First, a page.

- Persson, Torsten & Tabellini , Guido, 1997. "Political Economics and Macroeconomic Policy," Seminar Papers 630, Stockholm University, Institute for International Economic Studies.
- Torsten Persson & Guido Tabellini, . "Political Economics and Macroeconomic Policy," Working Papers 121, IGIER (Innocenzo Gasparini Institute for Economic Research), Bocconi University.
- Matthias Messner & Mattias K. Polborn, 2004.
"Voting on Majority Rules,"
Review of Economic Studies,
Oxford University Press, vol. 71(1), pages 115-132.
- Caplin, Andrew S & Nalebuff, Barry J, 1988. "On 64%-Majority Rule," Econometrica, Econometric Society, vol. 56(4), pages 787-814, July.
- Philippe Aghion & Alberto Alesina & Francesco Trebbi, 2002.
"Endogenous Political Institutions,"
NBER Working Papers
9006, National Bureau of Economic Research, Inc.
- Aghion, Philippe & Alesina, Alberto & Trebbi, Francesco, 2004. "Endogenous Political Institutions," Scholarly Articles 4481498, Harvard University Department of Economics.
- Philippe Aghion & Albero Alesina & Francesco Trebbi, 2002. "Endogenous Political Institutions," Harvard Institute of Economic Research Working Papers 1957, Harvard - Institute of Economic Research.
- Aghion, Philippe & Alesina, Alberto F & Trebbi, Francesco, 2002. "Endogenous Political Institutions," CEPR Discussion Papers 3473, C.E.P.R. Discussion Papers.
- Aghion, P. & Alesina, A. & Trebbi, F., 2004. "Endogenous political institutions," Open Access publications from University College London http://discovery.ucl.ac.u, University College London.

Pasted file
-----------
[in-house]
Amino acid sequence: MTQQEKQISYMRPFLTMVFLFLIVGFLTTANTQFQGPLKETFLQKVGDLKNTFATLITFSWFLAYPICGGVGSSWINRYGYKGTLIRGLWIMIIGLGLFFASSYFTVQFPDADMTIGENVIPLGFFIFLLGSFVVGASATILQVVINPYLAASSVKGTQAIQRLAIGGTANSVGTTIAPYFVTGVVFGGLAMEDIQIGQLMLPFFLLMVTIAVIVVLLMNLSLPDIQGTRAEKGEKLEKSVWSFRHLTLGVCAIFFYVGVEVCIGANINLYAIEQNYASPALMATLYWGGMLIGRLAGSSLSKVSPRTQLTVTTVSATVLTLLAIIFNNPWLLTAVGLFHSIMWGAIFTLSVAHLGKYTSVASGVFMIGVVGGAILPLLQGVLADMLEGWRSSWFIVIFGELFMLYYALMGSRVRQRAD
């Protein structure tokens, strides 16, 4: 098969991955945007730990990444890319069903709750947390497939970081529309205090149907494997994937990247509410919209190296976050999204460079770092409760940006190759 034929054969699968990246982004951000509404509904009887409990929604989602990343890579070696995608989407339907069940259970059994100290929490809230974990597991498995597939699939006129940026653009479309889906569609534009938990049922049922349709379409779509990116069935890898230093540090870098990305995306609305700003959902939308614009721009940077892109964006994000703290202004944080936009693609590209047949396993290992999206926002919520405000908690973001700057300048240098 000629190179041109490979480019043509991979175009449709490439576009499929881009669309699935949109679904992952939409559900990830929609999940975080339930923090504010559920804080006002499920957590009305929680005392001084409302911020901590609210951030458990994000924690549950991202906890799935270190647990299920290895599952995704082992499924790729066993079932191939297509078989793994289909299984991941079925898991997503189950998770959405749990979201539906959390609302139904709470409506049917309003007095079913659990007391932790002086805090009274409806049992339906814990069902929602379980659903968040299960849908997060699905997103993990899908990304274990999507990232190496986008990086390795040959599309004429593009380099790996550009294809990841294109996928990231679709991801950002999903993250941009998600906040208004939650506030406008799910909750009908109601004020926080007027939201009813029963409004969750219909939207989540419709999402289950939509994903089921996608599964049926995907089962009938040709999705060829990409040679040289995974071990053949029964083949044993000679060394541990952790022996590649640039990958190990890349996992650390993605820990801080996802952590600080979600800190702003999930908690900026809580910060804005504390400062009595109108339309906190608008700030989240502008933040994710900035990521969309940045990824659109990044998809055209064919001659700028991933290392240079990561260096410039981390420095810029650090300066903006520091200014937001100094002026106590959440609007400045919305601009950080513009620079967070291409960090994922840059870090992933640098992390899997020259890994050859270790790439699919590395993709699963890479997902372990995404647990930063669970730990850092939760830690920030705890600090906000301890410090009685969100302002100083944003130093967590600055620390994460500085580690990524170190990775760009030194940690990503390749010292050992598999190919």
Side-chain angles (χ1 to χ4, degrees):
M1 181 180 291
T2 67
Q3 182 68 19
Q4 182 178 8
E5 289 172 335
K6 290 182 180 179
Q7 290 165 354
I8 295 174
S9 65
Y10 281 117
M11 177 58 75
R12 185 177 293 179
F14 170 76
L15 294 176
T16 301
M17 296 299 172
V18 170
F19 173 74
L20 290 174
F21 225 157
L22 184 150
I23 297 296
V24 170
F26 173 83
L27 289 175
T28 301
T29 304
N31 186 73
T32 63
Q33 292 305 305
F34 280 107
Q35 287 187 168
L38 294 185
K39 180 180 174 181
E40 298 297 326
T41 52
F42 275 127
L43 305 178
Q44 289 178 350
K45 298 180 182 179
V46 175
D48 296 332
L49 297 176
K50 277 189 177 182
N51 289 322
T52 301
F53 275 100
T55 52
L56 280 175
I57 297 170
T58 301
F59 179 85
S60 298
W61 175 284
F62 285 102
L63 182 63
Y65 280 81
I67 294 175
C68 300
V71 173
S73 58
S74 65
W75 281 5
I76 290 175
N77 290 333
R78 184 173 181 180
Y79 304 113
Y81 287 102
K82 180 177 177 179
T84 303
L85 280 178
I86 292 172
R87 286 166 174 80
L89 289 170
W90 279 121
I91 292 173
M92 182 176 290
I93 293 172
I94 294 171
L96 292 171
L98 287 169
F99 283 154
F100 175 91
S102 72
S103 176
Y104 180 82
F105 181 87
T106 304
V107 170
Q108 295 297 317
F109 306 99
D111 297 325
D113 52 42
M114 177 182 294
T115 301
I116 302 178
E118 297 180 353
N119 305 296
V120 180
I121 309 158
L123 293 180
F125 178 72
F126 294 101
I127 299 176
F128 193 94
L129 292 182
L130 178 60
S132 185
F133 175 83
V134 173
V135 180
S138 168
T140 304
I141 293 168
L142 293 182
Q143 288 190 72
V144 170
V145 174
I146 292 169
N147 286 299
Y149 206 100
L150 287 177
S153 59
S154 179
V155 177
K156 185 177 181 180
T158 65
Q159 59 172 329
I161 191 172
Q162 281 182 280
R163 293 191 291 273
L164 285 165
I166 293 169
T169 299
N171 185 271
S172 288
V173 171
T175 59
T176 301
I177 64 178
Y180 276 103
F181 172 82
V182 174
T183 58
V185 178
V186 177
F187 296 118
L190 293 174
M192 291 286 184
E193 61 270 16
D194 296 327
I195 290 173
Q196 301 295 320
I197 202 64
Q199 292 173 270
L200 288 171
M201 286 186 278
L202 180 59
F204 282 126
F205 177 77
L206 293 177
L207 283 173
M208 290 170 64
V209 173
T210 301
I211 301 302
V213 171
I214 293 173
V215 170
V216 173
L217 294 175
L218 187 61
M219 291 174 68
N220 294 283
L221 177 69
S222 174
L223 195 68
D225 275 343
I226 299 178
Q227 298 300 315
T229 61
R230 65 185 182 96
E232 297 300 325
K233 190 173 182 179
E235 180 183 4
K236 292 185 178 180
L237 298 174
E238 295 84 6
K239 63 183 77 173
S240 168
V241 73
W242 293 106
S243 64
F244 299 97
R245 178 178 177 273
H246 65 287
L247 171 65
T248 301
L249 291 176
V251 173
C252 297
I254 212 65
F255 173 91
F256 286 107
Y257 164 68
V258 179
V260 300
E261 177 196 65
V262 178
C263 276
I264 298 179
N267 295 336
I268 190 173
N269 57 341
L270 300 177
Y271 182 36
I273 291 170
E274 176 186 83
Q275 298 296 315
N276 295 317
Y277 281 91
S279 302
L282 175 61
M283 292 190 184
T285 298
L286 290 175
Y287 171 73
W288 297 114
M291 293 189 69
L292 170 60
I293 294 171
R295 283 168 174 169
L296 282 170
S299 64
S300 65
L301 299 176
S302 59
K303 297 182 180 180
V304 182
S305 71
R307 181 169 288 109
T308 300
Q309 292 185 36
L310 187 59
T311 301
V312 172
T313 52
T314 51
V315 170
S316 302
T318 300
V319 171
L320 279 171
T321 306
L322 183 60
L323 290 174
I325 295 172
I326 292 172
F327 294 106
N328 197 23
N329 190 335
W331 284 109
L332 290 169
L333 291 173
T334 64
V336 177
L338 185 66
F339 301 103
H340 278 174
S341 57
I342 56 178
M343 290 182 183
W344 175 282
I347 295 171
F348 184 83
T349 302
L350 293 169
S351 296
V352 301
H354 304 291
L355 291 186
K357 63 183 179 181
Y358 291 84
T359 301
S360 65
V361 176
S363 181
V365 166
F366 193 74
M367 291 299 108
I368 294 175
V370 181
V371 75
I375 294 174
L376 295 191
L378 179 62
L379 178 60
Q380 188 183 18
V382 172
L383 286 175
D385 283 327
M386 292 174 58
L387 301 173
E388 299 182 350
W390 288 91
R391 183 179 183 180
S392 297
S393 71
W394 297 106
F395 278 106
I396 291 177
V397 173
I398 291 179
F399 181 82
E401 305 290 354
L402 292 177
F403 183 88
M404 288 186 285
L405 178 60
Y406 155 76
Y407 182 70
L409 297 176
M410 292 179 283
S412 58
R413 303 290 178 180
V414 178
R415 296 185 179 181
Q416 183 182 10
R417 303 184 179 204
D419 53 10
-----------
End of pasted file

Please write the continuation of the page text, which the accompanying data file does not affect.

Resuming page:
- Grandmont, Jean-Michel, 1978. "Intermediate Preferences and the Majority Rule," Econometrica, Econometric Society, vol. 46(2), pages 317-30, March.
- Timothy Feddersen & Wolfgang Pesendorfer, 1996. "Convicting the Innocent: The Inferiority of Unanimous Jury Verdicts," Discussion Papers 1170, Northwestern University, Center for Mathematical Studies in Economics and Management Science.
- Danilo Coelho, 2005. "Maximin choice of voting rules for committees," Economics of Governance, Springer, vol. 6(2), pages 159-175, 07.
This item has more than 25 citations. To prevent cluttering this page, these citations are listed on a separate page. reading list or among the top items on IDEAS.Access and download statistics
For technical questions regarding this item, or to correct its authors, title, abstract, bibliographic or download information, contact: (Karie Kirkpatrick).
If you have authored this item and are not yet registered with RePEc, we encourage you to do it here. This allows to link your profile to this item. It also allows you to accept potential citations to this item that we are uncertain about.
If references are entirely missing, you can add them using this form.
If the full references list an item that is present in RePEc, but the system did not link to it, you can help with this form.
If you know of missing items citing this one, you can help us creating those links by adding the relevant references in the same way as above, for each refering item. If you are a registered author of this item, you may also want to check the "citations" tab in your profile, as there may be some citations waiting for confirmation.
Please note that corrections may take a couple of weeks to filter through the various RePEc services.